Warehouse Staffing Pressures are High. Is Automation the Answer? Does it Offer What Managers Need?
Everyday, managers are feeling warehouse staffing pressures and pain. They’re losing workers for as little as $0.25 more per hour and facing increasing demands.
How do organizations relieve the pain?
Workforce Management software may be the solution. In this three-part series, we’ll explore the demands and pressures that are stacking up against companies for attracting and retaining workers. You’ll discover what workforce management software is and what it can do for your operations.
Your greatest asset.
Your workforce is one of your greatest assets today. The demand and pressure around retention of that warehouse workforce is becoming greater and greater. Particularly in the last three to five years, many of our clients have seen a dramatic shift in their warehouse labor. How do you retain these workers and what can you really find that will help?
There are many tools, platforms and capabilities to help relieve some of that pain and pressure. How ready are you internally as an organization to provide some of these tools to your warehouse workforce?
Before we dig into the tool of Workforce Management itself, first consider the impact of wages, demand and automation on your business.
A huge warehouse staffing pressure is wages. And they keep going up.
On average, wages increased by 10% between 2013 – 2017 – that’s much higher than the inflation rate across that same time period. We’re seeing more distribution centers move back into large metropolitan areas which increase wages and can make it more difficult to staff. What affects your bottom line the most? Human capital does, and a huge portion of your budget revolves around it. How can you leverage software to reduce the expenses of human capital and effectively manage your workforce?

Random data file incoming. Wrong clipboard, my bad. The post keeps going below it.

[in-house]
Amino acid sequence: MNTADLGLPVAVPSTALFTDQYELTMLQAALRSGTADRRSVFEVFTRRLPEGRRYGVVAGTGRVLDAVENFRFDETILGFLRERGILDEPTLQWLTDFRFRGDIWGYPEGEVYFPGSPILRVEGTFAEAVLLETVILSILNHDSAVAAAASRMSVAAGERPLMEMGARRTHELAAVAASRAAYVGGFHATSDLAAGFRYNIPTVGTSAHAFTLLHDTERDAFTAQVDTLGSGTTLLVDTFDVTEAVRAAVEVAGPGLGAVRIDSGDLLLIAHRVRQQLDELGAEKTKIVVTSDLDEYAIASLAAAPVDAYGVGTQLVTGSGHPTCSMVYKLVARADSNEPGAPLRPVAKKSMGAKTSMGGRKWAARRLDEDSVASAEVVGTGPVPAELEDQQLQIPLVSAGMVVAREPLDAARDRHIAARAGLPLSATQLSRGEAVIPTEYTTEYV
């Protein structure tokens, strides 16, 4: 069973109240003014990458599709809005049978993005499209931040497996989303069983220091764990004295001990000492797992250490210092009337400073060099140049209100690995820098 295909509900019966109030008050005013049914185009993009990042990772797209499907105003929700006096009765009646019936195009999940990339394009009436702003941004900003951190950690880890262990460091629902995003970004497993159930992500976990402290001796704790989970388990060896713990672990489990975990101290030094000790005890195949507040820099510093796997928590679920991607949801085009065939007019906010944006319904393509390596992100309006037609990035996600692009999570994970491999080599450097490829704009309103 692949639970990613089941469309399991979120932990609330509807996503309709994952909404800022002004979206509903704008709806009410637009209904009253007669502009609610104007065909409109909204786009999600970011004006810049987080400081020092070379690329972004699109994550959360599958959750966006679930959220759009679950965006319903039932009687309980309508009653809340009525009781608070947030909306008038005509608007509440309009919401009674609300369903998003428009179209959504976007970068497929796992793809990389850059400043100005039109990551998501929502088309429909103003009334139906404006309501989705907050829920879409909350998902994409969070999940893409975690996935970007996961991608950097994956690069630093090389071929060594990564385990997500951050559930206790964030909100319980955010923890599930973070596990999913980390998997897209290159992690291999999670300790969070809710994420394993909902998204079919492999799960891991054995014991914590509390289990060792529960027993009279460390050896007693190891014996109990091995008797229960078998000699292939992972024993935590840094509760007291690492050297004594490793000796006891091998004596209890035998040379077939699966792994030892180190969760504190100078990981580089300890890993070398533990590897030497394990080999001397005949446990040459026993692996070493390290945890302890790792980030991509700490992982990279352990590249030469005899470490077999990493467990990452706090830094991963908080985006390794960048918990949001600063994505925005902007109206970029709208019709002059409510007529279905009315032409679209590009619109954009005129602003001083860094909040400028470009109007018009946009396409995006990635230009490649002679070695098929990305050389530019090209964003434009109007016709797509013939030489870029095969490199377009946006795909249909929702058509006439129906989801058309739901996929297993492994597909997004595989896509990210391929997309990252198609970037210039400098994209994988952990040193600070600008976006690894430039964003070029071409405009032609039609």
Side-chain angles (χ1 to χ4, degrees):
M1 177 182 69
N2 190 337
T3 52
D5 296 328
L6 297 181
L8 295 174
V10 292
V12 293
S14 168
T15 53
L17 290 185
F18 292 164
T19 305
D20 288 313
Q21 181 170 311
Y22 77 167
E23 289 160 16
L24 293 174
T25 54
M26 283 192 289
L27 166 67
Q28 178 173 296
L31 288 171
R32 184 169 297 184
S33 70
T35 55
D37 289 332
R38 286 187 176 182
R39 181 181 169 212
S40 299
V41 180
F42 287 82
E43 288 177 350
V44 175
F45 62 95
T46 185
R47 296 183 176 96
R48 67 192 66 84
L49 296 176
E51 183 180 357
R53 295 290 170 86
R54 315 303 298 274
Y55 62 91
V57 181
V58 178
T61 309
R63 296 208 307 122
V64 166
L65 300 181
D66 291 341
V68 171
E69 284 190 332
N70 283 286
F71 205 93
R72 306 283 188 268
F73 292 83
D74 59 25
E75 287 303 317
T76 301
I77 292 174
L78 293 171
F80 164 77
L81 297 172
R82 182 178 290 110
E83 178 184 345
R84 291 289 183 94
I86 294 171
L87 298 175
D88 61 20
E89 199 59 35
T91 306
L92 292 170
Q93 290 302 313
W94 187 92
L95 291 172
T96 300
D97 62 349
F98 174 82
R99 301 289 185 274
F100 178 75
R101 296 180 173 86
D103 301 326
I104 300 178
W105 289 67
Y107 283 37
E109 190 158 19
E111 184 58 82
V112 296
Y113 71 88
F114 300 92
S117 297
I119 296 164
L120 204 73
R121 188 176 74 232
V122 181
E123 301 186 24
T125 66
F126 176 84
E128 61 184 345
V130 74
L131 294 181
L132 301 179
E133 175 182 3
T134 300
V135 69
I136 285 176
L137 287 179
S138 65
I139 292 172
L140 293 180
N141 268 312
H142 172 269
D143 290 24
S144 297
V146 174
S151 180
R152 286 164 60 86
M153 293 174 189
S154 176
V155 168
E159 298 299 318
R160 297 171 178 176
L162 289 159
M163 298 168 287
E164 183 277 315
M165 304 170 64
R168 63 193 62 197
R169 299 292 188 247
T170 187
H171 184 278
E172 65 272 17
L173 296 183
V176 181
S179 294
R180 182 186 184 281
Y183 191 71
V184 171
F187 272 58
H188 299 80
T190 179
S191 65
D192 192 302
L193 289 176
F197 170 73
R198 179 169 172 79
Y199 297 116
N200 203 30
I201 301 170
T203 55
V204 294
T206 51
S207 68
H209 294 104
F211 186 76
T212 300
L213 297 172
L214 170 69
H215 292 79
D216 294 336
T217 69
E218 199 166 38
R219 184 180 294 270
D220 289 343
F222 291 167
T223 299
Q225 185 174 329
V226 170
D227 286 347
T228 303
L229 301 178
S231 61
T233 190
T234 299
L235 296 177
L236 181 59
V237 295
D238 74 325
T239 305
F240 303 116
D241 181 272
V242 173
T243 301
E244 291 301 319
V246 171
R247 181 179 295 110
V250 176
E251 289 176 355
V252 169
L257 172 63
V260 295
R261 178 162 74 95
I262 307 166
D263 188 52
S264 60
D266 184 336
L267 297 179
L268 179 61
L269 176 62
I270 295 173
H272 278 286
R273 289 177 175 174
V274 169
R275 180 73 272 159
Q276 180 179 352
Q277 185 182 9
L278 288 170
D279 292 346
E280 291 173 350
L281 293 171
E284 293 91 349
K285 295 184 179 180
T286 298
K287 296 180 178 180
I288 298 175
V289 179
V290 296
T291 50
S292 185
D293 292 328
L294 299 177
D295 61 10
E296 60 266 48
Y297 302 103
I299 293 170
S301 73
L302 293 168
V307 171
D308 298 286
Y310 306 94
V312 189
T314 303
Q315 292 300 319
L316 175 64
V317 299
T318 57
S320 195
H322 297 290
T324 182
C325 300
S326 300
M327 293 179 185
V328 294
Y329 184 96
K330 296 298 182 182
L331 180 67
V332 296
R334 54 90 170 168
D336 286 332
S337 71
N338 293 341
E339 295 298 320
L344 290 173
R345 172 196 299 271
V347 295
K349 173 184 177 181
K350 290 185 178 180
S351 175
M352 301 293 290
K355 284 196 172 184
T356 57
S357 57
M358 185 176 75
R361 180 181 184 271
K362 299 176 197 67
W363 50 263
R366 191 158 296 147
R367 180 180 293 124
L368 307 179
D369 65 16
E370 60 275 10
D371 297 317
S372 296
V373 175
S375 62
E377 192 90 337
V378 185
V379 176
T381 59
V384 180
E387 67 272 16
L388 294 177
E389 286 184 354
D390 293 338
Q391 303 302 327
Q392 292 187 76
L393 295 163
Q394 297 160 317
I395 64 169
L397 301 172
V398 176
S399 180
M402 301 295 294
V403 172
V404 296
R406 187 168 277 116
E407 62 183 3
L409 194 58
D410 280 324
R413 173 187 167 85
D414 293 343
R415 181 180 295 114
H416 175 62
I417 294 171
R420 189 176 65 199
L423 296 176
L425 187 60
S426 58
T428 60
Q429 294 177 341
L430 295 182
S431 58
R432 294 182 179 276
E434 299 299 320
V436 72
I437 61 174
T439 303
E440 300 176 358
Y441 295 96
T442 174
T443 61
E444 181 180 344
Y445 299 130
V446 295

Demand is another warehouse staffing pressure. And it’s going up.
It’s basic economics, supply and demand. Over the last two years, we’ve seen an increase of about a half million workers in the supply chain, especially the warehousing industry. Brick and mortar are disappearing but concrete and racking isn’t disappearing because people are still buying things; they’re just getting it from a warehouse instead of a store. Warehouse workers are in short supply – thus the cost goes up. Warehouse staffing pressures are increasing.
Automation could provide some relief.
We know automation is going to help – it will reduce the number of workers needed eventually. What automation is doing currently is making us more efficient. We’re strictly trying to keep up right now. And the effect? While automation is simplifying the jobs, it’s not replacing the workers. Automation is changing something else for us all. It’s creating a huge shift in who’s able to manage operations because a facility isn’t just humans anymore; it’s automation and the humans that work with this automation.
Here are two examples of what can happen when warehouse work is simplified: